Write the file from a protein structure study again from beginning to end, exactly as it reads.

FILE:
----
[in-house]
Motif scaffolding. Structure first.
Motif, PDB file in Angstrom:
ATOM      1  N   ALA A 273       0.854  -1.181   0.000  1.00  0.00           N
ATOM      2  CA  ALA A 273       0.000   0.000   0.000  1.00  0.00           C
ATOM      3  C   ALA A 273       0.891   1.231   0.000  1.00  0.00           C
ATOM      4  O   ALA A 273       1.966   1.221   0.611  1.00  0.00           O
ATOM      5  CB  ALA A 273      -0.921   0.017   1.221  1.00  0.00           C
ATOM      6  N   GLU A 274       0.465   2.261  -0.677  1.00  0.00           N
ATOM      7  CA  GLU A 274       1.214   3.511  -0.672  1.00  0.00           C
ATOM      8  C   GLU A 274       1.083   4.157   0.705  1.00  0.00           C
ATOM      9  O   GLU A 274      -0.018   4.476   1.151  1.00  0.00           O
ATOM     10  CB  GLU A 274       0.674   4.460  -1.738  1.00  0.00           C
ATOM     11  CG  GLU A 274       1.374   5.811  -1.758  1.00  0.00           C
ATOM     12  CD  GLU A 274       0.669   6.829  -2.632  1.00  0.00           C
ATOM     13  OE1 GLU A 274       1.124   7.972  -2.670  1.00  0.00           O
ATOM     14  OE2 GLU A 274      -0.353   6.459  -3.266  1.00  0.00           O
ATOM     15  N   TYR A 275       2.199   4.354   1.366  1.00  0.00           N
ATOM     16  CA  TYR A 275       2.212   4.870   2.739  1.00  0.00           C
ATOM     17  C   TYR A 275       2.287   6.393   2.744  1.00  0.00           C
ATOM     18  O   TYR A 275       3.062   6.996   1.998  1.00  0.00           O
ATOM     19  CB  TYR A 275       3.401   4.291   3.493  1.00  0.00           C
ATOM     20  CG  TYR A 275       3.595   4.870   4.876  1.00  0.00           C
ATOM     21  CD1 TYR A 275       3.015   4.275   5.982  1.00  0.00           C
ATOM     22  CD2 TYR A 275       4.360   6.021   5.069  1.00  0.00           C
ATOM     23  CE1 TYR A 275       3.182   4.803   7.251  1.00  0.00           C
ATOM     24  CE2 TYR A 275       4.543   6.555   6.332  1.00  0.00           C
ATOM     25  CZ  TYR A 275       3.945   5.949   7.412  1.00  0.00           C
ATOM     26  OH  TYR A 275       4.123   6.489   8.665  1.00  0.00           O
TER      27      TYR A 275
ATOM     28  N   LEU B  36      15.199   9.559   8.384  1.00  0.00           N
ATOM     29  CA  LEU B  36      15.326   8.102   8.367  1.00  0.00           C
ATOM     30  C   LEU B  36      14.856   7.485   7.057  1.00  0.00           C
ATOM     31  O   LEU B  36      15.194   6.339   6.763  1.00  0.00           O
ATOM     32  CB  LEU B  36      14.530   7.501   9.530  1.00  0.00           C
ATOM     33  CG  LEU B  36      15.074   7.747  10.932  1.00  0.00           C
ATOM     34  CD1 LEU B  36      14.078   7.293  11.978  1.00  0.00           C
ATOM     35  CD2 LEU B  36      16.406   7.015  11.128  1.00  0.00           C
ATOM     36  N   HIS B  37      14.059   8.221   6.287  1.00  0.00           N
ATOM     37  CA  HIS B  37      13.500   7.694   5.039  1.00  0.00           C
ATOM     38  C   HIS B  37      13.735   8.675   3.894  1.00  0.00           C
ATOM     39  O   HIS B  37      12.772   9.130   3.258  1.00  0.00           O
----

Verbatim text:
[in-house]
Motif scaffolding. Structure first.
Motif, PDB file in Angstrom:
ATOM      1  N   ALA A 273       0.854  -1.181   0.000  1.00  0.00           N
ATOM      2  CA  ALA A 273       0.000   0.000   0.000  1.00  0.00           C
ATOM      3  C   ALA A 273       0.891   1.231   0.000  1.00  0.00           C
ATOM      4  O   ALA A 273       1.966   1.221   0.611  1.00  0.00           O
ATOM      5  CB  ALA A 273      -0.921   0.017   1.221  1.00  0.00           C
ATOM      6  N   GLU A 274       0.465   2.261  -0.677  1.00  0.00           N
ATOM      7  CA  GLU A 274       1.214   3.511  -0.672  1.00  0.00           C
ATOM      8  C   GLU A 274       1.083   4.157   0.705  1.00  0.00           C
ATOM      9  O   GLU A 274      -0.018   4.476   1.151  1.00  0.00           O
ATOM     10  CB  GLU A 274       0.674   4.460  -1.738  1.00  0.00           C
ATOM     11  CG  GLU A 274       1.374   5.811  -1.758  1.00  0.00           C
ATOM     12  CD  GLU A 274       0.669   6.829  -2.632  1.00  0.00           C
ATOM     13  OE1 GLU A 274       1.124   7.972  -2.670  1.00  0.00           O
ATOM     14  OE2 GLU A 274      -0.353   6.459  -3.266  1.00  0.00           O
ATOM     15  N   TYR A 275       2.199   4.354   1.366  1.00  0.00           N
ATOM     16  CA  TYR A 275       2.212   4.870   2.739  1.00  0.00           C
ATOM     17  C   TYR A 275       2.287   6.393   2.744  1.00  0.00           C
ATOM     18  O   TYR A 275       3.062   6.996   1.998  1.00  0.00           O
ATOM     19  CB  TYR A 275       3.401   4.291   3.493  1.00  0.00           C
ATOM     20  CG  TYR A 275       3.595   4.870   4.876  1.00  0.00           C
ATOM     21  CD1 TYR A 275       3.015   4.275   5.982  1.00  0.00           C
ATOM     22  CD2 TYR A 275       4.360   6.021   5.069  1.00  0.00           C
ATOM     23  CE1 TYR A 275       3.182   4.803   7.251  1.00  0.00           C
ATOM     24  CE2 TYR A 275       4.543   6.555   6.332  1.00  0.00           C
ATOM     25  CZ  TYR A 275       3.945   5.949   7.412  1.00  0.00           C
ATOM     26  OH  TYR A 275       4.123   6.489   8.665  1.00  0.00           O
TER      27      TYR A 275
ATOM     28  N   LEU B  36      15.199   9.559   8.384  1.00  0.00           N
ATOM     29  CA  LEU B  36      15.326   8.102   8.367  1.00  0.00           C
ATOM     30  C   LEU B  36      14.856   7.485   7.057  1.00  0.00           C
ATOM     31  O   LEU B  36      15.194   6.339   6.763  1.00  0.00           O
ATOM     32  CB  LEU B  36      14.530   7.501   9.530  1.00  0.00           C
ATOM     33  CG  LEU B  36      15.074   7.747  10.932  1.00  0.00           C
ATOM     34  CD1 LEU B  36      14.078   7.293  11.978  1.00  0.00           C
ATOM     35  CD2 LEU B  36      16.406   7.015  11.128  1.00  0.00           C
ATOM     36  N   HIS B  37      14.059   8.221   6.287  1.00  0.00           N
ATOM     37  CA  HIS B  37      13.500   7.694   5.039  1.00  0.00           C
ATOM     38  C   HIS B  37      13.735   8.675   3.894  1.00  0.00           C
ATOM     39  O   HIS B  37      12.772   9.130   3.258  1.00  0.00           O